Considering the geotechnical design, there is no information available about substrata conditions in the hereafter. We can assume that soil in the hereafter is good, with excellent bearing capacity and high blow counts. But on the waiting shore? Probably thick, underconsolidated clay. 

Of structural types available for design and construction of the Rainbow Bridge, long-span options include a tied-arch, a cantilever truss, a cable-stayed bridge, and a suspension bridge. Selecting the most appropriate alternative introduces another unusual question not addressed in most bridge-type studies. For this structure, what time frame is appropriate? Should we consider design criteria for the crossing based on today’s technology and standards, or should the timing be based on the year, 1940?

To better understand at least the structural parameters of this issue, we can visit Queensferry, Scotland, just east of Edinburgh. At this location, three beautiful long-span bridges cross the Forth River. The bridges are representative of three different eras of long-span design and construction. The Forth Rail Bridge is an iconic and massive double-span cantilever truss entering service in 1890. In 1964, the Forth Road Bridge opened. It was Europe’s longest-span suspension bridge. Most recently, the Queensferry Bridge was built and opened in 2017, a spectacular double cable-stayed bridge.

photo of the Forth Bridges

The three bridges cross the Forth side by side in a timeless display of bridge-spanning technology. But to address the question of design criteria for the Rainbow Bridge, is this even relevant? The here and now has a linear timeline, but would not the hereafter have no timeline at all? In the hereafter, a bridge could be a more primitive stone clapper bridge, or perhaps a neural network antigravity floating span supported by air jets (this structural type has not been invented yet).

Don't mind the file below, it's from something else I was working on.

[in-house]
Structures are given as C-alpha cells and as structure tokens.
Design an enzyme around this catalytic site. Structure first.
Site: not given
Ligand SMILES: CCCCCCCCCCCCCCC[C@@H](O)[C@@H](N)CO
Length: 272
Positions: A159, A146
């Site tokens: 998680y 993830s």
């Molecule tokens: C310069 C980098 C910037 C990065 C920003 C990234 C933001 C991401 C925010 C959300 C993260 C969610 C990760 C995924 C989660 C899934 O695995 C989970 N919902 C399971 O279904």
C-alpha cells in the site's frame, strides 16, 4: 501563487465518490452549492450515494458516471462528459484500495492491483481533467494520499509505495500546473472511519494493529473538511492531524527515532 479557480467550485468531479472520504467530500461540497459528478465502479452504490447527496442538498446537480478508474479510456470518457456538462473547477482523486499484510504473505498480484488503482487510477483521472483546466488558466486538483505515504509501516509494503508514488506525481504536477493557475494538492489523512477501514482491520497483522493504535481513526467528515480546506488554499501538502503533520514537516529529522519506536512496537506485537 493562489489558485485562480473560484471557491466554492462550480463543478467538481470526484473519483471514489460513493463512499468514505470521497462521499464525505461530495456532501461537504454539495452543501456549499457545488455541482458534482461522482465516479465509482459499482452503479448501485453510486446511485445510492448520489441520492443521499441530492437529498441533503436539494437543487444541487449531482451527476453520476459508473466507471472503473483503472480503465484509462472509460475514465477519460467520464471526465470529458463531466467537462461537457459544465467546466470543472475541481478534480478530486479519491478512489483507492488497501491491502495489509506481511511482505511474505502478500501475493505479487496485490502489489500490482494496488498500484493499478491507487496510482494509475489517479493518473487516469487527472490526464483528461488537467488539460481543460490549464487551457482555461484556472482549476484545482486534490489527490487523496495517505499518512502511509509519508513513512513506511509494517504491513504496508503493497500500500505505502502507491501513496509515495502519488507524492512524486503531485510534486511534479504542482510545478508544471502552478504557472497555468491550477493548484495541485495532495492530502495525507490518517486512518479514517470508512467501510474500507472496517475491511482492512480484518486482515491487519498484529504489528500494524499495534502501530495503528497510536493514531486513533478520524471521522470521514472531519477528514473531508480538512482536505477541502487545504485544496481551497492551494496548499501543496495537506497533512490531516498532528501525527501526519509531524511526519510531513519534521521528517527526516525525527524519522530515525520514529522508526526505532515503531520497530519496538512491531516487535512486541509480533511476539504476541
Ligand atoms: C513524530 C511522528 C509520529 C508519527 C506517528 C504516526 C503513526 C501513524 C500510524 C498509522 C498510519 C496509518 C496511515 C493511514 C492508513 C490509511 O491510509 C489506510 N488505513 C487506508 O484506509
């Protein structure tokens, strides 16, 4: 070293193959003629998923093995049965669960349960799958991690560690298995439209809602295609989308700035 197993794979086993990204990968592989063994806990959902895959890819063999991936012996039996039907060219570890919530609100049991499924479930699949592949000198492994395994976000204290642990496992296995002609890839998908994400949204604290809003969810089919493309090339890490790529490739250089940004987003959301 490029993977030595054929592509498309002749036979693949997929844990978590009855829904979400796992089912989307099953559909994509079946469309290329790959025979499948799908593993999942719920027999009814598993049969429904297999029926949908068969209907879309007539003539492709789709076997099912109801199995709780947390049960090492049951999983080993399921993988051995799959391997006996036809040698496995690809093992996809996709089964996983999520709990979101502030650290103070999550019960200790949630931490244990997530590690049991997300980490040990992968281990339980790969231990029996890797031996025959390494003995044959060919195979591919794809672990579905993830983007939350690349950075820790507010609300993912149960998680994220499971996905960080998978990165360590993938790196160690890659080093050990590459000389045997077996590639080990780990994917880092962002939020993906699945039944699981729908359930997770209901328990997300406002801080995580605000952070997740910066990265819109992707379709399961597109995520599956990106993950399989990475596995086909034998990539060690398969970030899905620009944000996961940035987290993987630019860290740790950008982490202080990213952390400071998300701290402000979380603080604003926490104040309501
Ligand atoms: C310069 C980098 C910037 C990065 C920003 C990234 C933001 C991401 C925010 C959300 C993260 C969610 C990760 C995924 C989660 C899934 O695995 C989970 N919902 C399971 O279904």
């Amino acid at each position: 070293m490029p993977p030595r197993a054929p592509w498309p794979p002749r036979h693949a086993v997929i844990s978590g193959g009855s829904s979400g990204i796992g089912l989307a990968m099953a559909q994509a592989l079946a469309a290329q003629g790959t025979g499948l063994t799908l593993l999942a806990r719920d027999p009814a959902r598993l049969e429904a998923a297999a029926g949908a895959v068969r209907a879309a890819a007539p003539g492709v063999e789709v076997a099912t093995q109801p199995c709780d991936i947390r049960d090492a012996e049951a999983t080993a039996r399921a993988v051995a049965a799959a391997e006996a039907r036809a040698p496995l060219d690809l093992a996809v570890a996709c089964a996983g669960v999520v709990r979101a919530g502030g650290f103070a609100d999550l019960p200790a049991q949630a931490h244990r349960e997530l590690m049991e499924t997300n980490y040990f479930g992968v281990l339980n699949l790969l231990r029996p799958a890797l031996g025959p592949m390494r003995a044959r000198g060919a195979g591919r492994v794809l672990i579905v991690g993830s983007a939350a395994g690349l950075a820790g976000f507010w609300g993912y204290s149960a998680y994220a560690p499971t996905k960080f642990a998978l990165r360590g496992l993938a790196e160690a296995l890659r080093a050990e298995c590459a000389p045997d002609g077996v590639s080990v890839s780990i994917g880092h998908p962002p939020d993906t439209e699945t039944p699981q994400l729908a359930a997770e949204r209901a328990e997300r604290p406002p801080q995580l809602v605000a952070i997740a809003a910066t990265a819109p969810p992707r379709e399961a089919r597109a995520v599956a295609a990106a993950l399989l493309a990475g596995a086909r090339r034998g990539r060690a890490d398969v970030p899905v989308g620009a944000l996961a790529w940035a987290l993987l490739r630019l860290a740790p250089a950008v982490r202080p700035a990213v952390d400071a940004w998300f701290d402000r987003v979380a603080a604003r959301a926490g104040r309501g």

photo of ancient clapper bridge
Ancient clapper bridge

So, in absence of further guidance, let us assume that the Rainbow Bridge crossed by Tubby was a suspension bridge, since cable-stayed bridges were not yet in vogue. But this suspension bridge would have been well-designed and stiffened by a deep deck truss similar to the second Tacoma Narrows Bridge and the later Mackinac Bridge in Michigan. We must believe that if Tubby crossed one last bridge, it was a structure that did not move perceivably in the wind.

photo of Mackinac Bridge
Mackinac Bridge

Another possibility is that Tubby did not have to cross a bridge at all, but was granted passage through a specially constructed tunnel so as to avoid the difficult experience of crossing a bridge. At this point, Tubby likely suffered from

Our conjecture concludes with this thought: Even with the challenges of possibly crossing one last bridge, Tubby made it successfully to the green pastures on the waiting side. He is there, joyfully frolicking on his four healthy legs through eternity. The legend of the Rainbow Bridge includes the idea that at some time, faithful pets and their owners are reunited in the hereafter to frolic together in beautiful meadows on the far bank of the bridge. In accordance with this legend, we can further assume that Leonard Coatsworth also experienced a sunny crossing, on a stout bridge that did not bounce up and down.

References and further reading

“Tacoma Narrows Bridge history – Tubby trivia”, accessed May 25, 2023.

Harbor History Museum, Gig Harbor, Washington, Tacoma Narrows Bridge image collection, accessed May 25, 2023.

“700 Feet Down” – documentary film about the bridge collapse.

Facebook site:, accessed May 25, 2023.

“Searching for Tubby: The Tacoma Narrows Bridge Collapse’s Only Victim,” by Sara Kay, Grit City Magazine, assessed May 23, 2023.

“Tubby’s Trail Dog Park” Park site – Gig Harbor, Washington, assessed May 25, 2023.

University Libraries, University of Washington. Exhibit: History of the Tacoma Narrows Bridge, assessed May 23, 2023.

“Rainbow Bridge”, assessed May 23, 2023.

“Tacoma Narrows Bridge Collapse ‘Gallopin Gertie’” 

Video Loop, assessed May 23, 2023.